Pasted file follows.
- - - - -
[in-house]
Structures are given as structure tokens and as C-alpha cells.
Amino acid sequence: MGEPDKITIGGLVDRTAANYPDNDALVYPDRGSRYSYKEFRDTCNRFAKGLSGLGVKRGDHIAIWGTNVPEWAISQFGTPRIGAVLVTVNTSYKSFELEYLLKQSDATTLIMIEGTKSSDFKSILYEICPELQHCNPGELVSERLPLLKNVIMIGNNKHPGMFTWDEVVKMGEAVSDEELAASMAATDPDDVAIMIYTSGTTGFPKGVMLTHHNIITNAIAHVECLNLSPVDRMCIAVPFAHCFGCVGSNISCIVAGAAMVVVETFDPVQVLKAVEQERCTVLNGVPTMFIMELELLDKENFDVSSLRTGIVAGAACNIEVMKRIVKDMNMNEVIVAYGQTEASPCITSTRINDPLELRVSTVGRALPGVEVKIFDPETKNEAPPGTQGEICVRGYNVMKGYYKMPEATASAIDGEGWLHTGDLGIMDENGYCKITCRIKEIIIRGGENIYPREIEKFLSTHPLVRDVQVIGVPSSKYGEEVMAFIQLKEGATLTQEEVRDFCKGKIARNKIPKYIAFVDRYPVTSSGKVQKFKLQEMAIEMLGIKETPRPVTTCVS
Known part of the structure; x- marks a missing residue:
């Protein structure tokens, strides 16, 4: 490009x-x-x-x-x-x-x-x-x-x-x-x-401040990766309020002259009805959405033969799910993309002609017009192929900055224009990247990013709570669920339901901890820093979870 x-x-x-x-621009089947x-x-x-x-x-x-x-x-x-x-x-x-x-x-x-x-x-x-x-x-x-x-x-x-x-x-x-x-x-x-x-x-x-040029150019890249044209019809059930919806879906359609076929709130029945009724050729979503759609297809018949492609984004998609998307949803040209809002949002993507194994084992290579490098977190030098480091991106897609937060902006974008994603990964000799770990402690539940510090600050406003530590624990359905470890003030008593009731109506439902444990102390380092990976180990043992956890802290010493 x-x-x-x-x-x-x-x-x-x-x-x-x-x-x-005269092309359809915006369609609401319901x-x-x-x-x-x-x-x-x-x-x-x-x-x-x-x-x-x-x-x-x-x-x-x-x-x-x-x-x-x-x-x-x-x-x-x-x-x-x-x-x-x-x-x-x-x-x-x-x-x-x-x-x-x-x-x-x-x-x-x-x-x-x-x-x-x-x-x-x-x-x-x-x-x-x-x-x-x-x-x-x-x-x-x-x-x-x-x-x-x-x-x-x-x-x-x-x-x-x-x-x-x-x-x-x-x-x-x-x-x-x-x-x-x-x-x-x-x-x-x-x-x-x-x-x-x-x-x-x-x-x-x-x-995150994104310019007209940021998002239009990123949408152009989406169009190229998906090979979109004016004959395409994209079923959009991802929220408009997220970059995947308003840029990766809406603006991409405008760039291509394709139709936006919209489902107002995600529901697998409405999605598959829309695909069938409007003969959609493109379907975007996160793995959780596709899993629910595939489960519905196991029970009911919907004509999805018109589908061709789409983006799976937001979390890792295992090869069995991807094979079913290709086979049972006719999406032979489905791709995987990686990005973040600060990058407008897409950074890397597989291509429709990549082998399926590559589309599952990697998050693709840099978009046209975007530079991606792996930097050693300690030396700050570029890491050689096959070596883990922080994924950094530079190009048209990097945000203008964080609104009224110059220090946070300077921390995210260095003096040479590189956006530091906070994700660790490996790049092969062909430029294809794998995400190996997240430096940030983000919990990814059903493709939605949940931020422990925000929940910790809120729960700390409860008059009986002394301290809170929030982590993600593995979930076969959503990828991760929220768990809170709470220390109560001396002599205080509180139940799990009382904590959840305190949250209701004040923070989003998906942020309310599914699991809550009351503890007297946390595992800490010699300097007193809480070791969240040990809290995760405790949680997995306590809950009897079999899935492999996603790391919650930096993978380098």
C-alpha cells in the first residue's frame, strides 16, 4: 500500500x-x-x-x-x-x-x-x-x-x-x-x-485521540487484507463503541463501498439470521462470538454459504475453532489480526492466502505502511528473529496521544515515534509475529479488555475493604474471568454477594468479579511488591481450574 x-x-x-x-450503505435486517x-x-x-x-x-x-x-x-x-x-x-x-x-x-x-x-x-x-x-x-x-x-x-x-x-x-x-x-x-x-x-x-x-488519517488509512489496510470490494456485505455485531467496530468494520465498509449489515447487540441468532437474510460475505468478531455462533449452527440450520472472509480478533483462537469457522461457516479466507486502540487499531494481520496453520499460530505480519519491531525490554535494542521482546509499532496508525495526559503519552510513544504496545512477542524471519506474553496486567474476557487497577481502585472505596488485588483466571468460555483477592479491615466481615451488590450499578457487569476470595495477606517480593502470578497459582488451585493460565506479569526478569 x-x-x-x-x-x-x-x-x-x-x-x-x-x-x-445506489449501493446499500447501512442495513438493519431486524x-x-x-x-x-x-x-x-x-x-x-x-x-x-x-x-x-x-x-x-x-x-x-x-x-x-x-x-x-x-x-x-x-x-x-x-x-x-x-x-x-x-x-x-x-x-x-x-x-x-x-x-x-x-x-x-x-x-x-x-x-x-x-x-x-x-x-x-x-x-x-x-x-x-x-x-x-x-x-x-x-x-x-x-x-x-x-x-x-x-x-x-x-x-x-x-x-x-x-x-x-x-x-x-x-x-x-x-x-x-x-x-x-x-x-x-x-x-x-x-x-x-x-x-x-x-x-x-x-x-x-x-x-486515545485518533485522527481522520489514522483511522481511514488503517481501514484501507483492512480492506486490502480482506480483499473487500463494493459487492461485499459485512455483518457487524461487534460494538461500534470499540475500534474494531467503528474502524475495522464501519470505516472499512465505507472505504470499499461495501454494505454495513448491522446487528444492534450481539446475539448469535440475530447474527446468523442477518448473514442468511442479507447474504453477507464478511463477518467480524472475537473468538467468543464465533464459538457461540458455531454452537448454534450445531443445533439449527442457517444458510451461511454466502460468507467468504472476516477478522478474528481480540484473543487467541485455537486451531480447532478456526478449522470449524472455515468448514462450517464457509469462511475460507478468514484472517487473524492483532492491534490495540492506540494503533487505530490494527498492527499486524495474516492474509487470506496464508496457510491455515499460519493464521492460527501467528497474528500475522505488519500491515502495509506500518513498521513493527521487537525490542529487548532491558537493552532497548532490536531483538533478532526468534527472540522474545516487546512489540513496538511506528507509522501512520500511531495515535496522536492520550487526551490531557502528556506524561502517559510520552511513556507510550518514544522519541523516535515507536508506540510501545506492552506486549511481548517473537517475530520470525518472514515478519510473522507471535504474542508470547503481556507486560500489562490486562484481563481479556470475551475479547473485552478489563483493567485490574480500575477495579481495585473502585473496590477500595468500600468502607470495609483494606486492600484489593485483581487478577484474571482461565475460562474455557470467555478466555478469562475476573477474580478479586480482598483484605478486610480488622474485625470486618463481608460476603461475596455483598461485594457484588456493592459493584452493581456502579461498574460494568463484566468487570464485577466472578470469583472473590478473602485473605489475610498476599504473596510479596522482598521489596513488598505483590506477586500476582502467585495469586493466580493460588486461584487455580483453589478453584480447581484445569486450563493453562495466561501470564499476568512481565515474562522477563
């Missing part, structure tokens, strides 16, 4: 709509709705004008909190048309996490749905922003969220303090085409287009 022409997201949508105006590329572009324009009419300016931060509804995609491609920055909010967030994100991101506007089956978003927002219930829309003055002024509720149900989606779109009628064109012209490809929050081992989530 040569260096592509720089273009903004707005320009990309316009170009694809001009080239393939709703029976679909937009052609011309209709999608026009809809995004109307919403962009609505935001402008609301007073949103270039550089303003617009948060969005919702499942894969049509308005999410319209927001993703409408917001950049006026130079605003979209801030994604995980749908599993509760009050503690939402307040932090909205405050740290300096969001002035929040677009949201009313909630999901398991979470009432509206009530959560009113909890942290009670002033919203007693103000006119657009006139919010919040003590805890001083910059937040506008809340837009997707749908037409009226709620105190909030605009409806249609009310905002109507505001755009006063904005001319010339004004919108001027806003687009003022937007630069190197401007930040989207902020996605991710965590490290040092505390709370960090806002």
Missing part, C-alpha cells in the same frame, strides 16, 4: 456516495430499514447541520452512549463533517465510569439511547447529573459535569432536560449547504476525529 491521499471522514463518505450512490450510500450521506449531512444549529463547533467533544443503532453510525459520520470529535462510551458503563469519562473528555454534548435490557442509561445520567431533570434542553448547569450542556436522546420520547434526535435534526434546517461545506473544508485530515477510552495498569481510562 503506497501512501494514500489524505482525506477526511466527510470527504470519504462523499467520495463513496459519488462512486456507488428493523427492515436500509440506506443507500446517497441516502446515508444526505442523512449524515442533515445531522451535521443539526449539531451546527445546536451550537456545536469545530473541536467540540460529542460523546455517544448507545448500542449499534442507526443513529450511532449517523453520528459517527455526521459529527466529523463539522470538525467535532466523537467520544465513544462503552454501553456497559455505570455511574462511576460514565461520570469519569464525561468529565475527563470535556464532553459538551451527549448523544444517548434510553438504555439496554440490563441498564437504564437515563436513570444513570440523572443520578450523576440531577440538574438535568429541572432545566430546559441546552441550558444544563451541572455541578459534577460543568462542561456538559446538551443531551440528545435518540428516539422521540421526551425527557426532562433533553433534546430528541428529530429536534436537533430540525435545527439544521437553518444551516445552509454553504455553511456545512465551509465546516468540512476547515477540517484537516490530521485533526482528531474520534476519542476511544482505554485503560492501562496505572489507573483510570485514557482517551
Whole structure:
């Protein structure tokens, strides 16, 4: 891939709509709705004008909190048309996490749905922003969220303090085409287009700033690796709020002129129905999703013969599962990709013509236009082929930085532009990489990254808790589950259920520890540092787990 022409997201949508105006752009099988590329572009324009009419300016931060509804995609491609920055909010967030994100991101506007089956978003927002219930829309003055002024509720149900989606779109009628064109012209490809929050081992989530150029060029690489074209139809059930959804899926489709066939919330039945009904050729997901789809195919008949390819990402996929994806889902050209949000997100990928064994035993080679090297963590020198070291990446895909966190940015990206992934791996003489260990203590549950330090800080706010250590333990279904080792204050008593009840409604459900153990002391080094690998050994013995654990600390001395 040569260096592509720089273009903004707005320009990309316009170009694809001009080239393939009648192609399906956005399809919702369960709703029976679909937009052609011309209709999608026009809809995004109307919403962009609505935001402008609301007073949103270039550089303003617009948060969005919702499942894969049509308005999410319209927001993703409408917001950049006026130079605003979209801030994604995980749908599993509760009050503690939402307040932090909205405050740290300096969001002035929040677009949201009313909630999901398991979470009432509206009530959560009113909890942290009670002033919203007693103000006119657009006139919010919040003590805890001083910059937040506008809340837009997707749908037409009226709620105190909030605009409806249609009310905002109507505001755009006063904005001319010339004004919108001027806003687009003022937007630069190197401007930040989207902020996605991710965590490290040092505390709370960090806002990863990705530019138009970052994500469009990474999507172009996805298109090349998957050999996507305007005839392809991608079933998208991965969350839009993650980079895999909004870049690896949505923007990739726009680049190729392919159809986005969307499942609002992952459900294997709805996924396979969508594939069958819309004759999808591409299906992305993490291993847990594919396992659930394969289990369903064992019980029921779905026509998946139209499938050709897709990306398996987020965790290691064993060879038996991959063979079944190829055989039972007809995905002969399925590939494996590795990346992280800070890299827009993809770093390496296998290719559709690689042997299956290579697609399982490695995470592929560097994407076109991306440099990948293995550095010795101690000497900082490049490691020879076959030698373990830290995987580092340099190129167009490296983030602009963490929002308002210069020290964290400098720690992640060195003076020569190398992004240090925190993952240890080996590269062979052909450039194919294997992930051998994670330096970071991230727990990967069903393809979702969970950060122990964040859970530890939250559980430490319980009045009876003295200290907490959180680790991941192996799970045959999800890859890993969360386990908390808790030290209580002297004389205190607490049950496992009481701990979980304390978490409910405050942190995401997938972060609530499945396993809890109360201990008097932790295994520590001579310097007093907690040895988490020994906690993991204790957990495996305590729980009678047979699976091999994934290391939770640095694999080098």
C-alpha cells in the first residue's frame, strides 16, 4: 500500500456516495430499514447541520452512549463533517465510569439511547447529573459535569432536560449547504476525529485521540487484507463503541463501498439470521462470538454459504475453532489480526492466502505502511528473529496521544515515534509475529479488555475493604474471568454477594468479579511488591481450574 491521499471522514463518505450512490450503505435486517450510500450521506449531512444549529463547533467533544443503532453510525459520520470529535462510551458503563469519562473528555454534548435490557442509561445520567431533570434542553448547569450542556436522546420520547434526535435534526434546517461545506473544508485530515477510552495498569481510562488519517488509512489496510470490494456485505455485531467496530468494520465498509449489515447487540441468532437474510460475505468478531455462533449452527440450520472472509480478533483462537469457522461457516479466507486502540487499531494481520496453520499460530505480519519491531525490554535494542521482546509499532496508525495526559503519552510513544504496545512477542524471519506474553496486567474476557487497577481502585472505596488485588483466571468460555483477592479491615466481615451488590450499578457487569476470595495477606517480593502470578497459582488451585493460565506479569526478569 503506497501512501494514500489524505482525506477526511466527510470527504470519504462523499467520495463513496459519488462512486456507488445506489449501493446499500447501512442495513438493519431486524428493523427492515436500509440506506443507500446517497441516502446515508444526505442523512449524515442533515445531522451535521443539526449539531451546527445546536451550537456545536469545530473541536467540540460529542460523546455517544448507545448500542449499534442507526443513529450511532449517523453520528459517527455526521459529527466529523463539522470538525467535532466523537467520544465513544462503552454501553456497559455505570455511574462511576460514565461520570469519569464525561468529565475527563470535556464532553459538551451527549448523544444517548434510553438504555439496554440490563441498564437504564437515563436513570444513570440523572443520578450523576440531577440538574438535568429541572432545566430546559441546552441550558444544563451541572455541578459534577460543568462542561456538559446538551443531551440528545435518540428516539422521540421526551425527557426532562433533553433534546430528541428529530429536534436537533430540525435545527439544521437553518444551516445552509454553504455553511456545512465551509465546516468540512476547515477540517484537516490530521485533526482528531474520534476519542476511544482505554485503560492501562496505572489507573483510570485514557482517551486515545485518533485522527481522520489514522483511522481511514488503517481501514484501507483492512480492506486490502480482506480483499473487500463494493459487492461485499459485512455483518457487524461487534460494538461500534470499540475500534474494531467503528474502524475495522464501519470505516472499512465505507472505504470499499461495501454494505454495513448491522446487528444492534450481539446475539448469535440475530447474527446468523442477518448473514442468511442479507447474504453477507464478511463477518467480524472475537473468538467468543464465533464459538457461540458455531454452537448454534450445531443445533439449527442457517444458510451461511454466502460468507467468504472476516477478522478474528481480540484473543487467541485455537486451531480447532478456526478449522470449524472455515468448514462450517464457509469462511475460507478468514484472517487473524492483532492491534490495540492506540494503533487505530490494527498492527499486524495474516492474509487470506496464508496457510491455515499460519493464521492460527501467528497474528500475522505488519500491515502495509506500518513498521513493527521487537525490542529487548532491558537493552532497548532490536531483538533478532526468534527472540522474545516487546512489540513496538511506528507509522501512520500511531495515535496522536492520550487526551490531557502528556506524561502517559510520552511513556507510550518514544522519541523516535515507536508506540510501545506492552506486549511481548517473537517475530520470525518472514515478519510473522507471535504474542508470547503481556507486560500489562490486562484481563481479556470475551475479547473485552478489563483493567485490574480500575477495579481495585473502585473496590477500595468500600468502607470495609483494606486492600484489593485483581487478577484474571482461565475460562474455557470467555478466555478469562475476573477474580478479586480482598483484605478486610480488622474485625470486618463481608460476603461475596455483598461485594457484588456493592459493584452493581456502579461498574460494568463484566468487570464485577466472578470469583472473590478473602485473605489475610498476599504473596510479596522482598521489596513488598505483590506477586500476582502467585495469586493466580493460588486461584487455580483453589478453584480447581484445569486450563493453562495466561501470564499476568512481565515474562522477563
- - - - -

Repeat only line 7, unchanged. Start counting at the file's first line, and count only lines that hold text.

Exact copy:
């Missing part, structure tokens, strides 16, 4: 709509709705004008909190048309996490749905922003969220303090085409287009 022409997201949508105006590329572009324009009419300016931060509804995609491609920055909010967030994100991101506007089956978003927002219930829309003055002024509720149900989606779109009628064109012209490809929050081992989530 040569260096592509720089273009903004707005320009990309316009170009694809001009080239393939709703029976679909937009052609011309209709999608026009809809995004109307919403962009609505935001402008609301007073949103270039550089303003617009948060969005919702499942894969049509308005999410319209927001993703409408917001950049006026130079605003979209801030994604995980749908599993509760009050503690939402307040932090909205405050740290300096969001002035929040677009949201009313909630999901398991979470009432509206009530959560009113909890942290009670002033919203007693103000006119657009006139919010919040003590805890001083910059937040506008809340837009997707749908037409009226709620105190909030605009409806249609009310905002109507505001755009006063904005001319010339004004919108001027806003687009003022937007630069190197401007930040989207902020996605991710965590490290040092505390709370960090806002």